“Biblical Church Revitalization” by Brian Croft: A Review

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It is stunning how many feelt hat a vibrant church full of life must have a pastor with a big personality, highly efficient programs, plenty of money, and a breath-taking modern facility. But the New Testament paints a very different picture. The infant church grew and was nourished by two fundamental commitments of the Apostles: prayer and the ministry of the word (Acts 6:4). These two essential means of grace for revitalization compel the consciences of churches to surrender their clever efforts unto God’s all-wise and powerful plan. (52)

Every church I have ever pastored needed some level of revitalization. Some were in dier straits than others, but revitalization was a priority nonetheless. Both church planting and church revitalizatio have become growing buzz words and movements in ministry in recent years and rightly so. It reflects both the current state of the culture (growing hostility) and the church (sick and dying).

I recently picked up the book Biblical Church Revitalization: Solutions for Dying and Divided Churches by Brian Croft. The author is a pastor in Louisville and has witnessed the revitalization of his own church. Much of this book tells that story.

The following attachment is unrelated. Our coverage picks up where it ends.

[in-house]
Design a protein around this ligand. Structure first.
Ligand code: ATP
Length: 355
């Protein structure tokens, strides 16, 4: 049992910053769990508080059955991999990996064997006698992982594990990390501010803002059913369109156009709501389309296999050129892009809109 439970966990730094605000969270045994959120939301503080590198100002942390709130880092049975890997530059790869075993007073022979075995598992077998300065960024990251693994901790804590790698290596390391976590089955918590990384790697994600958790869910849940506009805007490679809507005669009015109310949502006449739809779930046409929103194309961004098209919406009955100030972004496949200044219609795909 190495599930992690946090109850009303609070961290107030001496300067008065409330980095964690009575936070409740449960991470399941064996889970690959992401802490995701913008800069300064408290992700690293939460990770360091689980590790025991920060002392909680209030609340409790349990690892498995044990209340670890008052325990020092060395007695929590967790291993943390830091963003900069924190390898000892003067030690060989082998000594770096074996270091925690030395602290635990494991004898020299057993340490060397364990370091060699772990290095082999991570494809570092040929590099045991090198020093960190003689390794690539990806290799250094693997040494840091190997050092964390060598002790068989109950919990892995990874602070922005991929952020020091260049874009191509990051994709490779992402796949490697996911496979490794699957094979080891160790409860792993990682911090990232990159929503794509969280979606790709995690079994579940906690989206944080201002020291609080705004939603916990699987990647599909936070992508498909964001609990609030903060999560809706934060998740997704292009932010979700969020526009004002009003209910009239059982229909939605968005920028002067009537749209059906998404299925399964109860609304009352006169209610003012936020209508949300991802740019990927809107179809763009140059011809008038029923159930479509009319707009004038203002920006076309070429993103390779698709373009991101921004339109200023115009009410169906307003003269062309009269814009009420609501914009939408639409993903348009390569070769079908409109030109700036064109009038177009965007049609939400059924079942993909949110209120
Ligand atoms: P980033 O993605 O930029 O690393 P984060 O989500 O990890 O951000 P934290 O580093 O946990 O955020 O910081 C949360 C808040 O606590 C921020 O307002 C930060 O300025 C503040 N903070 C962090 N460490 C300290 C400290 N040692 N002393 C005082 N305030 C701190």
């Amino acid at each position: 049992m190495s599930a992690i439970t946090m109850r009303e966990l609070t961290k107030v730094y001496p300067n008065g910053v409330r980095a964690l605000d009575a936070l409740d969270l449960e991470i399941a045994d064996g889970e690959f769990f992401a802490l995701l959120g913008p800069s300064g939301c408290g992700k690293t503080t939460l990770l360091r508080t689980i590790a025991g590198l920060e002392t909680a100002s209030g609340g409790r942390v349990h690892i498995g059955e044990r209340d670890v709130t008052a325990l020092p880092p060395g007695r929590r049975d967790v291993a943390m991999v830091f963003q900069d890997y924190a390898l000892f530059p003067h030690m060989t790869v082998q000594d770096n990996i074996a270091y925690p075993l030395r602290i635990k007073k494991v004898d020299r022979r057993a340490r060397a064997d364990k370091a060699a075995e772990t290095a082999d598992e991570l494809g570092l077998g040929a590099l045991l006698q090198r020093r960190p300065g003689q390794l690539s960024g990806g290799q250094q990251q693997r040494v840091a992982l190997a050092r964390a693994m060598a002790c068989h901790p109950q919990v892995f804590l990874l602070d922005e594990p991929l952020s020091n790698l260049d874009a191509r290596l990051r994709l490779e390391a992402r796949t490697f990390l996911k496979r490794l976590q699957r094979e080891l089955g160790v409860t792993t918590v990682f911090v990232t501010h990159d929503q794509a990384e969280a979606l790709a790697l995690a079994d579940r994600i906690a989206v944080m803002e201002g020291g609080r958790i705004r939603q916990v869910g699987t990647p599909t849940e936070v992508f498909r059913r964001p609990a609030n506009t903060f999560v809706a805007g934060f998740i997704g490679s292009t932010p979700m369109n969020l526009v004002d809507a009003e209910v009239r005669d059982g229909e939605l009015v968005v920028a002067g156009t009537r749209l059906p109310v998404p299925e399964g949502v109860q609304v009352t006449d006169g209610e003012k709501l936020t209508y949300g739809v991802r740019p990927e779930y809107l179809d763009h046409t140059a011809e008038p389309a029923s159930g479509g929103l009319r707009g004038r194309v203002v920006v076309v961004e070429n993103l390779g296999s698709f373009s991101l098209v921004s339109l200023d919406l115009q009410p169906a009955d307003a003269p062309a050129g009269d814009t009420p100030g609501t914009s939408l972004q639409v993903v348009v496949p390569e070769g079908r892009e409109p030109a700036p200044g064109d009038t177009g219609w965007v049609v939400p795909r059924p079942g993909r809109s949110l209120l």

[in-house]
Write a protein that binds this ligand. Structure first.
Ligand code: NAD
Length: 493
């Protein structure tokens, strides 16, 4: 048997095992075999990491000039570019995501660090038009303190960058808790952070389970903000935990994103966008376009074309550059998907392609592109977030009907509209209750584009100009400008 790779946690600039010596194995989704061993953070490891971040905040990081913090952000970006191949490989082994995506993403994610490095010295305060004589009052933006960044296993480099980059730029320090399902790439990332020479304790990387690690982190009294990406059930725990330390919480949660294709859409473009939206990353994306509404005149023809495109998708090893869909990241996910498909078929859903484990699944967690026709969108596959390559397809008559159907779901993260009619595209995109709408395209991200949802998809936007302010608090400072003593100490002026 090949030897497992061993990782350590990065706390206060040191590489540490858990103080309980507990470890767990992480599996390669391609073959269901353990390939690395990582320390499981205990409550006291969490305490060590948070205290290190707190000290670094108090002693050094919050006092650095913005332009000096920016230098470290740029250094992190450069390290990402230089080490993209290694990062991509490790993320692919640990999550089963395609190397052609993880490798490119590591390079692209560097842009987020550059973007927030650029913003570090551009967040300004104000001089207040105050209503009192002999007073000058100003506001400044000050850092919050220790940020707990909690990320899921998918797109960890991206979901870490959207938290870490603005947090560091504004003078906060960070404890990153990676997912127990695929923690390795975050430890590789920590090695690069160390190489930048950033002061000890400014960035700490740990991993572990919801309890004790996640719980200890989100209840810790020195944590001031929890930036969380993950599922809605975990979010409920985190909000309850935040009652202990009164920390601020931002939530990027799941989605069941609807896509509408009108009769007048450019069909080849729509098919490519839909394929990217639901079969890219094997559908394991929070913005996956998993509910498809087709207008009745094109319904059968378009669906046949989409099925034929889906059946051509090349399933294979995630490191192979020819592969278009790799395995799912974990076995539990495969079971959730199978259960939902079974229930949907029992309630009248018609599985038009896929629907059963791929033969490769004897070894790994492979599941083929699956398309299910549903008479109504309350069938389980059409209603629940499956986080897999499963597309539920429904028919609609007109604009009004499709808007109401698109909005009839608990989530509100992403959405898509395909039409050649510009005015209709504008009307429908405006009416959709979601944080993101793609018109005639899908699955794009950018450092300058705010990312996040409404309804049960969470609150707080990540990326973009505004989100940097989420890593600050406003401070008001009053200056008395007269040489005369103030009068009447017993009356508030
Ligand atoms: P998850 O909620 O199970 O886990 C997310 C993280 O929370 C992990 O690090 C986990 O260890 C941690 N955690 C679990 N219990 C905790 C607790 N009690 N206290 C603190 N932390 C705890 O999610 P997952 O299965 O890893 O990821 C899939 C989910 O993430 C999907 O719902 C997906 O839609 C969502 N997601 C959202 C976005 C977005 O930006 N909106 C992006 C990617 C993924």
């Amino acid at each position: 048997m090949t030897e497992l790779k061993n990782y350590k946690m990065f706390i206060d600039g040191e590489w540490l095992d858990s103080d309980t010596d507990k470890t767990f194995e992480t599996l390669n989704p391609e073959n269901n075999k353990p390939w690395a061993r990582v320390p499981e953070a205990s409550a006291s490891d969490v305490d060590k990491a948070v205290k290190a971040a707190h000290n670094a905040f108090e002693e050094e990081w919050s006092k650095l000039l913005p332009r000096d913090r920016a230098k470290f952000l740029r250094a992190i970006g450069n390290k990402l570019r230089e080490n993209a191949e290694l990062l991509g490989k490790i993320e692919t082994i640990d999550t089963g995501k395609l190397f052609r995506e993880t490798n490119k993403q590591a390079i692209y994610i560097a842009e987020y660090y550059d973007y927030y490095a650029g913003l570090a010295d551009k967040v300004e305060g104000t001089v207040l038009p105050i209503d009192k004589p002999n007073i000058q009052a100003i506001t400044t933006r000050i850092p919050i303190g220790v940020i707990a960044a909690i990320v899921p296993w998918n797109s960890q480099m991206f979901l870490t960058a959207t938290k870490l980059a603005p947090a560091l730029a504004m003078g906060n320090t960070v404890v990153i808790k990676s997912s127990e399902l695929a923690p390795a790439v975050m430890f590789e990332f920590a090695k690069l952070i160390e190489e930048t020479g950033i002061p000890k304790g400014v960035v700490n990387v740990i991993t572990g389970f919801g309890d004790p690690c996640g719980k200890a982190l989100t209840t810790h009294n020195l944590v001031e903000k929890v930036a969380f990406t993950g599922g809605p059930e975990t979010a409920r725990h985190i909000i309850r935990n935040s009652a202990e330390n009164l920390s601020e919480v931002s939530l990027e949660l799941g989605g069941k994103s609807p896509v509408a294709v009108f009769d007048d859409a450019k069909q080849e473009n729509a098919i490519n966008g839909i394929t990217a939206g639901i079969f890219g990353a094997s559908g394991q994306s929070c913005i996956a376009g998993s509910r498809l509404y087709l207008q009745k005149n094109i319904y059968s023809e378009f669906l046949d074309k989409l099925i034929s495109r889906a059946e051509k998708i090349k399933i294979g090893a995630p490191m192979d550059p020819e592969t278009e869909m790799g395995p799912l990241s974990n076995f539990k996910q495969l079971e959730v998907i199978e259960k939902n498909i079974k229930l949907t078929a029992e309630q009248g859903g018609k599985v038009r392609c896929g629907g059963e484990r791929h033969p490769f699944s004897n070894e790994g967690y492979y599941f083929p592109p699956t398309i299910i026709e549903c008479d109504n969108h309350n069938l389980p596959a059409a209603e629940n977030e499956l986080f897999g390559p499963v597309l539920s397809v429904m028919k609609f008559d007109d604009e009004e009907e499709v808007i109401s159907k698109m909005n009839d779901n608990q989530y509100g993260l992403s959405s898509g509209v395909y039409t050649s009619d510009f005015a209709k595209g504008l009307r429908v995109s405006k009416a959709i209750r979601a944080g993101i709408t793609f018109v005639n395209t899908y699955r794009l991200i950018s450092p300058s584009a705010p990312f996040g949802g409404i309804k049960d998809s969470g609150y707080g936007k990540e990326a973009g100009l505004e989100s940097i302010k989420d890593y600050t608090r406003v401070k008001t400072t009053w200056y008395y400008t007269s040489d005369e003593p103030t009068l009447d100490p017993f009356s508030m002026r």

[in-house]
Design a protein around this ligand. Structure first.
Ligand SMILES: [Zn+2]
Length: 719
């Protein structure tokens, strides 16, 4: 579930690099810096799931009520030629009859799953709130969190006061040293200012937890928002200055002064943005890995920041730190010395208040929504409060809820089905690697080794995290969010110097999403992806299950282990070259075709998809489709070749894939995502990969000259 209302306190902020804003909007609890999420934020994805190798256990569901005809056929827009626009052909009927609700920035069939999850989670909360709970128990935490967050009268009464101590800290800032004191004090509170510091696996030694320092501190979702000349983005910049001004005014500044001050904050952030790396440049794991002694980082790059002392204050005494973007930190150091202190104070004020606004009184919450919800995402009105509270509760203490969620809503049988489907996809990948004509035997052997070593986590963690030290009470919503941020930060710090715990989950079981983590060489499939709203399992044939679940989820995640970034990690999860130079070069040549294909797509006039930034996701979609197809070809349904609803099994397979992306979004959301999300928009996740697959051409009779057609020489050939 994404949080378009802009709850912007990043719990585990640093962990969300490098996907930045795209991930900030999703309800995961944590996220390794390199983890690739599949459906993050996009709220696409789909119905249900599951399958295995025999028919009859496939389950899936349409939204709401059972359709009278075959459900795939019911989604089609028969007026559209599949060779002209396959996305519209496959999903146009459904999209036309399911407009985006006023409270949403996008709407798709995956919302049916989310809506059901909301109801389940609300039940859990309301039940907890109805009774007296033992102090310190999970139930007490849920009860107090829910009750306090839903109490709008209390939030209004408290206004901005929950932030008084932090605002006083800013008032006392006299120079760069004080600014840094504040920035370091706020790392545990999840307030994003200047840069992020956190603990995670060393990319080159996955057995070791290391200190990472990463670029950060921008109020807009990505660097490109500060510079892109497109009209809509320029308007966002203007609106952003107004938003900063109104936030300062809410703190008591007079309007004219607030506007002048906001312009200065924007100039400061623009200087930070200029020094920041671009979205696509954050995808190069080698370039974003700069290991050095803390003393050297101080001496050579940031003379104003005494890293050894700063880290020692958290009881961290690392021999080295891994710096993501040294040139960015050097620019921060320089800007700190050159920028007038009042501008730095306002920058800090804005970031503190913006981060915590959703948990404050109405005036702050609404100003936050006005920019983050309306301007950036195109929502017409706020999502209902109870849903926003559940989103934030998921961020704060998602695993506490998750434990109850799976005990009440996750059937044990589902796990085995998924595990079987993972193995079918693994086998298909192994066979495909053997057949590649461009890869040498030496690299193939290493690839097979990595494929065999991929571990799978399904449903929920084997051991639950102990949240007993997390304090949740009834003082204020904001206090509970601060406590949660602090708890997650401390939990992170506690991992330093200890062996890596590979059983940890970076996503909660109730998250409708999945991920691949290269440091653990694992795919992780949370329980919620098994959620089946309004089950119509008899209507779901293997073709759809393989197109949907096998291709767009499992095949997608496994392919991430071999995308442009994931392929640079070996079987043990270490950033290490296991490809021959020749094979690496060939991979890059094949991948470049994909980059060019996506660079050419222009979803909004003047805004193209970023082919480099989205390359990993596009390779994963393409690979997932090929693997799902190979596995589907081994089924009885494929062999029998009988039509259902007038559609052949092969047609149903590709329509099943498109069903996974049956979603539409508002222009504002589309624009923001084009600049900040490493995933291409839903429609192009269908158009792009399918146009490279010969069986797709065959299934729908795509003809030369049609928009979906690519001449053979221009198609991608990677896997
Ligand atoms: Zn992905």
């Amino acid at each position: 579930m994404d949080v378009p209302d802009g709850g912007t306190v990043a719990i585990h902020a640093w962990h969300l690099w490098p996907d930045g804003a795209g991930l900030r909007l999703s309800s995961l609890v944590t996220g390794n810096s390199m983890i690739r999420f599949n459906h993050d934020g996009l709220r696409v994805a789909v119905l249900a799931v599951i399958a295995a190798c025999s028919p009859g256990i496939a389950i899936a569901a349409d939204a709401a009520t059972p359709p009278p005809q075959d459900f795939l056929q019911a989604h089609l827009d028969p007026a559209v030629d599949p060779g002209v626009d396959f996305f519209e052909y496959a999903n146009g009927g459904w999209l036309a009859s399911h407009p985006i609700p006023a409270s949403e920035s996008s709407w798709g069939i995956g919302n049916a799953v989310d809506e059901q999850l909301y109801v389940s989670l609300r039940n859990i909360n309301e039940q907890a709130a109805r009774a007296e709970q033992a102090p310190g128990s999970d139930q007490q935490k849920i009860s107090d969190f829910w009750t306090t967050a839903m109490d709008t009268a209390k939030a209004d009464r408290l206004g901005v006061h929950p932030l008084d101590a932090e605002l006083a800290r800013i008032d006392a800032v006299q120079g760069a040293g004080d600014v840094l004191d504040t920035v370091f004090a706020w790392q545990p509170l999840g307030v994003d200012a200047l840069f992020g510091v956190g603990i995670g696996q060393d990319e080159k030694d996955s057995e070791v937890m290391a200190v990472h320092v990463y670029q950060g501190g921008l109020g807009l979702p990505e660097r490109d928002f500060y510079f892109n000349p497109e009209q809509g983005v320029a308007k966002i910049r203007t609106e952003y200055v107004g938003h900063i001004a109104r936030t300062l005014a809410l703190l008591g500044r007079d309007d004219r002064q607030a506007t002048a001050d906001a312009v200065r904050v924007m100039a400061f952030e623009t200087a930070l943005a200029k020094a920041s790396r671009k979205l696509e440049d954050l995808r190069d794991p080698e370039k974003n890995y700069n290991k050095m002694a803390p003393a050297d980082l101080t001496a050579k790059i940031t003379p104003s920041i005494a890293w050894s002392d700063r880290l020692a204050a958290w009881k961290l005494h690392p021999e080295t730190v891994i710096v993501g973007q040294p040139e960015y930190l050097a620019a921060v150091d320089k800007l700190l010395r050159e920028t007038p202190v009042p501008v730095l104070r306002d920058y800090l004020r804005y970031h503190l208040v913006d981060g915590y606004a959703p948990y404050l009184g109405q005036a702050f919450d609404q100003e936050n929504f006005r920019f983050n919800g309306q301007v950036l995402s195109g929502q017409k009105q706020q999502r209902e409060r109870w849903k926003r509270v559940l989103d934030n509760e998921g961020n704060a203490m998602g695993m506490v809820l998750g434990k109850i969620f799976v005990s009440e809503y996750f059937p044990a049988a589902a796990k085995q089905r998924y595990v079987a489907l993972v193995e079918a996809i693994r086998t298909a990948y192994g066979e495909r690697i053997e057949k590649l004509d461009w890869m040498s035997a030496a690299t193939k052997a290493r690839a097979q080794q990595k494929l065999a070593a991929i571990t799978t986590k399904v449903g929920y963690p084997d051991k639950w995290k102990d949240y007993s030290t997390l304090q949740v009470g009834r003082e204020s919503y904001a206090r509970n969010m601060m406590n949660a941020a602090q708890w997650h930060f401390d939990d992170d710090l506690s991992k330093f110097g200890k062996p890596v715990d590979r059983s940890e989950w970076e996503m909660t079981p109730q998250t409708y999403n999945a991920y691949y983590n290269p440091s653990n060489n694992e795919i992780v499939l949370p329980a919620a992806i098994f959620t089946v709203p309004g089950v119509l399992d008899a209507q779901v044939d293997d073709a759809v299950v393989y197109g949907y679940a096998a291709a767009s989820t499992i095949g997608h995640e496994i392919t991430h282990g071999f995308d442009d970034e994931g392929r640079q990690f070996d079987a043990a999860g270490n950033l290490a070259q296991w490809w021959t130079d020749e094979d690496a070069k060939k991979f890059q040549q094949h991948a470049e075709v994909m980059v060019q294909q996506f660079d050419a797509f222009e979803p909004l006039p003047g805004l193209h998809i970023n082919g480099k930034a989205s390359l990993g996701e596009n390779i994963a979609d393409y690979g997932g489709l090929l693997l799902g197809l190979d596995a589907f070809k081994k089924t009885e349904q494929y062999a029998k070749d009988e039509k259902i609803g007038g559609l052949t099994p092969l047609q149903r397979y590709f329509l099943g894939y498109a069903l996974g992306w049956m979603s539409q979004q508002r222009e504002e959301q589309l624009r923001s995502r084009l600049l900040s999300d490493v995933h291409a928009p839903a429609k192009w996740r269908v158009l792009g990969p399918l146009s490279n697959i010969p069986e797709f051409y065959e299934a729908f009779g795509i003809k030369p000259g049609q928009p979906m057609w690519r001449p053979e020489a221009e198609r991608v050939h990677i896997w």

Books like this often promise much and deliver very little. The marketing promises that it will unfold for the reader a simple guide to growing their church. That is not this book. Croft’s approach is to draw the reader to consider again the biblical text. He argues that Scripture is clear on what the church is and we would be wise to uncover it if we are to revitalize the local church.

At the end of the day, the above quote encompasses the main approach Croft takes. Faithful preaching and pastoral ministry along with vibrant prayer are critical requirements for a healthy church and vibrant revitalization. There is no magical formula or quick fixes. Beyond that, the author explores areas of leadership, authority, and other practical matters.

The final section of the book is personal in nature. Croft shares his story of revitalization and how he was almost fired on multiple occassions. It is a reminder that ministry and revitalization is difficult work but as the story unfolds, the reader is reminded that God-willing, the turn around can and will take place. That is our hope.

Overall, this is a helpful volume on revitalization. Our churches need it. In the end, let us faithful preach and pray.

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